Because teenagerdom is a mess, but some people handle it better than others.
My Little Pony‘s Lauren Faust on Her New DC Comics Shorts, Super Best Friends Forever
by Susana Polo | 2:48 pm, February 24th, 2012
It seems like every time Lauren Faust opens answers a question about how to make girl’s entertainment, something awesome comes out, so forgive us if we’re still a blinking at our good fortune to have DC Comics get her to make a series of animated shorts featuring three of the most famous female sidekicks in the DC universe. And blinking at how cute the designs look. And now gushing over her descriptions of how she’ll be characterizing them.
I mean, just look at some of the stuff she said to io9:
“I’ve been a comics fan my whole life. So I took what I knew of the history of Batgirl and Supergirl and Wondergirl. I just wanted to put together a superteam with the attitude of, ‘It’s fun to be a superhero.’ And taking a real approach, a fun and funny approach to what it’s like to be a teenage girl, and mixing that up with a superhero [story.]”
…For example, she imagined Supergirl as out to prove herself. Everybody in the world knows who Superman is, but not everybody knows about Supergirl. And even though both Kryptonians have the same powers and com e from the same place, everybody treats Supergirl like “chopped liver” compared to the celebrated Kal-El. “She doesn’t get the same amount of attention” as her cousin, notes Faust. “If you were going to apply that to a real teenage girl, she’d probably be pretty mad. She’s really got something to prove.”
Meanwhile, Batgirl is sort of the ultimate fangirl — Barbara Gordon grew up watching her dad work with Batman, since she was a little girl, and she’s looked up to him as a hero. “She’s a geek,” says Faust. “She’s dreamed about being a superhero throughout her whole childhood, and now that she’s a teenager and she’s got this mantle, she’s finally getting her chance.”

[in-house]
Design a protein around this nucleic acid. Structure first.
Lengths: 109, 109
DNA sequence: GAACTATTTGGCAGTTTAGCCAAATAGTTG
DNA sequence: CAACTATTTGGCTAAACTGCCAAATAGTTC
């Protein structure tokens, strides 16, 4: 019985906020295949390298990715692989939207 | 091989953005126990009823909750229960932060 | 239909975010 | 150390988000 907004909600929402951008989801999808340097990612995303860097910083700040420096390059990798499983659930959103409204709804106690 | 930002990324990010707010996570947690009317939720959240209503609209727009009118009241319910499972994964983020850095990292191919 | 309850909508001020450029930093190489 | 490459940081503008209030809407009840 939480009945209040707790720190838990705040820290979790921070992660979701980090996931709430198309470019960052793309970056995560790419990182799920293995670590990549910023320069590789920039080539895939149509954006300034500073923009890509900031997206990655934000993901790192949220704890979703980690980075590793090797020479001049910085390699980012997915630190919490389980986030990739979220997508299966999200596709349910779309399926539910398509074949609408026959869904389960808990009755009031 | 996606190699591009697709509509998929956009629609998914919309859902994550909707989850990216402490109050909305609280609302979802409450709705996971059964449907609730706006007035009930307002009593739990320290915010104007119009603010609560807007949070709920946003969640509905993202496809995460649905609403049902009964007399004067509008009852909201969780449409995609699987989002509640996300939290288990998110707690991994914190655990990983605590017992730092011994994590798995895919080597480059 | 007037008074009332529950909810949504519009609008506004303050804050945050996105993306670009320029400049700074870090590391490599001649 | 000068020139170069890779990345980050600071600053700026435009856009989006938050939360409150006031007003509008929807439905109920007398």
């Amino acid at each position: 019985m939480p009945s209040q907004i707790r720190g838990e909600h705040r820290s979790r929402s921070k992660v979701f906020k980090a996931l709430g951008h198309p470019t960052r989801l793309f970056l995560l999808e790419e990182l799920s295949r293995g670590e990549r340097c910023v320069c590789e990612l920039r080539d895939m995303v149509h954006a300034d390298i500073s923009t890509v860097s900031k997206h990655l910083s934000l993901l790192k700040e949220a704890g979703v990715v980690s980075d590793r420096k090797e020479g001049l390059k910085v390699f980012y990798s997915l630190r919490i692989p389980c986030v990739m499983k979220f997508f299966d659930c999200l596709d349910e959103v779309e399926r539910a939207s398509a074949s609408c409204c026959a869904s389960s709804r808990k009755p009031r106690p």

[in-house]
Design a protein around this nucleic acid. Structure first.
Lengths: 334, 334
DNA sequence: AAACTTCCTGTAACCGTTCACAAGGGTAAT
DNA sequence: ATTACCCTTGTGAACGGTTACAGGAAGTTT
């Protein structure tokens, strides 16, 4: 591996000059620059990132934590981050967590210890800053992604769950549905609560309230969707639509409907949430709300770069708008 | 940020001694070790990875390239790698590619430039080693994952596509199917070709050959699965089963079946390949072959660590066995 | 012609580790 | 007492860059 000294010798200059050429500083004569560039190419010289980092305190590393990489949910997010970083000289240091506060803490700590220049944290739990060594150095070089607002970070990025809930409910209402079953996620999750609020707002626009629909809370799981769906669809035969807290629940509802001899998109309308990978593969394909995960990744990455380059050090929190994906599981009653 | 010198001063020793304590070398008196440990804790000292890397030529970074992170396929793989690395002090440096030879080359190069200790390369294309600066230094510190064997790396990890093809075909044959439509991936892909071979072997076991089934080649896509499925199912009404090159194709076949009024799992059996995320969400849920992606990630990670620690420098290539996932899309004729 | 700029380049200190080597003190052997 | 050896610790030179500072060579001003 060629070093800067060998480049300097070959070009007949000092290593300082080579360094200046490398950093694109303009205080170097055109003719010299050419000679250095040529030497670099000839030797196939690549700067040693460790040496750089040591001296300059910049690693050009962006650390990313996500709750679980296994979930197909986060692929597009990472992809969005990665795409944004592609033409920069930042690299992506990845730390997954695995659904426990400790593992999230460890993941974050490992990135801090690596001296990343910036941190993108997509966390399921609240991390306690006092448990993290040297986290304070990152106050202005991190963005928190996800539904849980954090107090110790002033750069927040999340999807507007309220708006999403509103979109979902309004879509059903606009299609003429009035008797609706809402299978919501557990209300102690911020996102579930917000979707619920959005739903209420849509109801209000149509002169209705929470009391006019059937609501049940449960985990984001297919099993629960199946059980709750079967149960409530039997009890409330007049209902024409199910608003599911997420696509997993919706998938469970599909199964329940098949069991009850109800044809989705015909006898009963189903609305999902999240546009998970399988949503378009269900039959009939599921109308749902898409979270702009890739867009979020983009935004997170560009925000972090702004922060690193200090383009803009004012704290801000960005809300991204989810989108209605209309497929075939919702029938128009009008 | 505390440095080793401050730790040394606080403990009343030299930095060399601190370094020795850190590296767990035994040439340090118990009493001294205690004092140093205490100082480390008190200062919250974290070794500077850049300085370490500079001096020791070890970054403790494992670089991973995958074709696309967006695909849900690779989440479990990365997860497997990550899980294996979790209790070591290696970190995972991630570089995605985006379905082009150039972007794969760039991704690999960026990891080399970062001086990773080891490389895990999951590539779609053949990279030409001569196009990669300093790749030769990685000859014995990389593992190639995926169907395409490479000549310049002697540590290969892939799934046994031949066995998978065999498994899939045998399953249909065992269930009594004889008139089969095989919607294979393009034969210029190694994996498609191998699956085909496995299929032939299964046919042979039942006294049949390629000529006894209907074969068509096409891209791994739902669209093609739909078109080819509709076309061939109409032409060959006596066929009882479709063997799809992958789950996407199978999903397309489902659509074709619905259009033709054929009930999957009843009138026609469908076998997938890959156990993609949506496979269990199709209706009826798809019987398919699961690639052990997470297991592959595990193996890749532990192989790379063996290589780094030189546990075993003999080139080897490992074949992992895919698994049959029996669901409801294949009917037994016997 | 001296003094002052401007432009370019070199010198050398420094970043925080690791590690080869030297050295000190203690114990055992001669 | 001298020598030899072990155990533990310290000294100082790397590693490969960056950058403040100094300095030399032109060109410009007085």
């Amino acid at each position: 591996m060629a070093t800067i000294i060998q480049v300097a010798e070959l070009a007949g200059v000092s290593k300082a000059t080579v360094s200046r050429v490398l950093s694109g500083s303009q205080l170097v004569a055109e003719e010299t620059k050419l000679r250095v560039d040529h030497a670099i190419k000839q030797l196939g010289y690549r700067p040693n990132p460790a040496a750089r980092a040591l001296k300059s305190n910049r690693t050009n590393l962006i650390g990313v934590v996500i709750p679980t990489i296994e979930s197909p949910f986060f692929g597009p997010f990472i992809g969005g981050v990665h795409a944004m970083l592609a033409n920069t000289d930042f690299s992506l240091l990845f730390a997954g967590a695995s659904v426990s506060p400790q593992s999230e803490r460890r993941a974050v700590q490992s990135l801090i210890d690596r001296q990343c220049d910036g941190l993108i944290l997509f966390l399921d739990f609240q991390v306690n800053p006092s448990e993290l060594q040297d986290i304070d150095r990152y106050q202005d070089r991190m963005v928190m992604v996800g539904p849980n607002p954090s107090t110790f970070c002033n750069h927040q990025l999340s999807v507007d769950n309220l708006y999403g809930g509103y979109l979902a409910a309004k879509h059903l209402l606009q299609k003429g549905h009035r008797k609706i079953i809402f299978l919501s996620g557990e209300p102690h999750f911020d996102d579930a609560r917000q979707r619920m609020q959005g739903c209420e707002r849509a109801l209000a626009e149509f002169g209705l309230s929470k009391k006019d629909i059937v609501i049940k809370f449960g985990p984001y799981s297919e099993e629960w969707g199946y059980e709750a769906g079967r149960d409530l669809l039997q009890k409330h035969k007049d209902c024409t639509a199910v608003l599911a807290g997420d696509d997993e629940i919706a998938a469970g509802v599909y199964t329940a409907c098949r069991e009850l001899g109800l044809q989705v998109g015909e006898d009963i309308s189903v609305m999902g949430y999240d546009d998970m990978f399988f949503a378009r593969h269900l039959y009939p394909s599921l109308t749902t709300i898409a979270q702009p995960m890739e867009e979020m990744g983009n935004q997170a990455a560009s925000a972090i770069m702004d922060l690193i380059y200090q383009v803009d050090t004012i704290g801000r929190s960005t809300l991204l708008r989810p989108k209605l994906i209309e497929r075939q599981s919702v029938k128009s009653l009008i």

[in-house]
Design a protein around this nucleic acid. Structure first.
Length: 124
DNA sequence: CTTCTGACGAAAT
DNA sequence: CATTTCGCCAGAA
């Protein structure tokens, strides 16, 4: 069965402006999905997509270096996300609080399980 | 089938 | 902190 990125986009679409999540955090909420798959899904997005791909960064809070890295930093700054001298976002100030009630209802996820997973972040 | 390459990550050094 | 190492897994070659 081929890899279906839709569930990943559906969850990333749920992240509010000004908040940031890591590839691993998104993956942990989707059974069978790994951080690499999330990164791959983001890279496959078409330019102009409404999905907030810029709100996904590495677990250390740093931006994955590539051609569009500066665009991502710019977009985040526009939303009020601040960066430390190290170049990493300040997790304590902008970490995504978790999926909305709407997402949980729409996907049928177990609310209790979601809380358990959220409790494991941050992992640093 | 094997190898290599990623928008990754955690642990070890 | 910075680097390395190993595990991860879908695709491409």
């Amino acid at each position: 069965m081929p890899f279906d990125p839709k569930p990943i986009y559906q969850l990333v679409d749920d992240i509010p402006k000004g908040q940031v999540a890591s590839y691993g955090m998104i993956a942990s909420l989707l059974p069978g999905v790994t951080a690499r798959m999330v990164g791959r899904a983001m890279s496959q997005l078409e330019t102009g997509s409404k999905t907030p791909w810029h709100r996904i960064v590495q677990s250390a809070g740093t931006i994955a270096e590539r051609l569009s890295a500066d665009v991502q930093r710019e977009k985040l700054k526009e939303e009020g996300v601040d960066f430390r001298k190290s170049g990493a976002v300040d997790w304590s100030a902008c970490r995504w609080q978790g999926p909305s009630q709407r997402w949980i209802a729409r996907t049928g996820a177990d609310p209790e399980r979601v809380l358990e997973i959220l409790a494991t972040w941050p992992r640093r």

Though with the length of the five shorts set at about a minute each, not all of this backstory might shine through, but even a short series benefits from depth to draw from. Faust is also excited about depicting something that she didn’t get to do in My Little Pony:
“You get to have fighting in a superhero show,” she notes. “There’s absolutely no fighting in My Little Pony.” She wasn’t really upset or disappointed that the action-adventure aspects were downplayed in MLP— it’s more like, the project evolved as she collaborated on it — she’s glad to be doing more of that here. SBFF will feature “a little more adventure, a little more action, higher stakes [and] higher emotions… but still the same humor and the same heart.”
Above all, the series will be about how fun it is to be a superhero, and will be primarily about the friendship between the characters, not competition between them. Much like My Little Pony itself. While the DC Nation shorts are not intended to feed into a larger series, Faust says she wouldn’t mind if it did, and nether would we. ”If people should like it, and if people should respond well to the shorts, never say never. I could certainly see it in my head as something to carry longer stories and definitely a cool series. But that depends on a lot of other factors.”
Well, we’re pretty sure how we’re going to respond. To see the whole interview, including Faust’s thoughts on why the presence of action heroines in television has dropped off after its heyday in the ’90s, see the whole article at i09.
(via DC Women Kicking Ass.)
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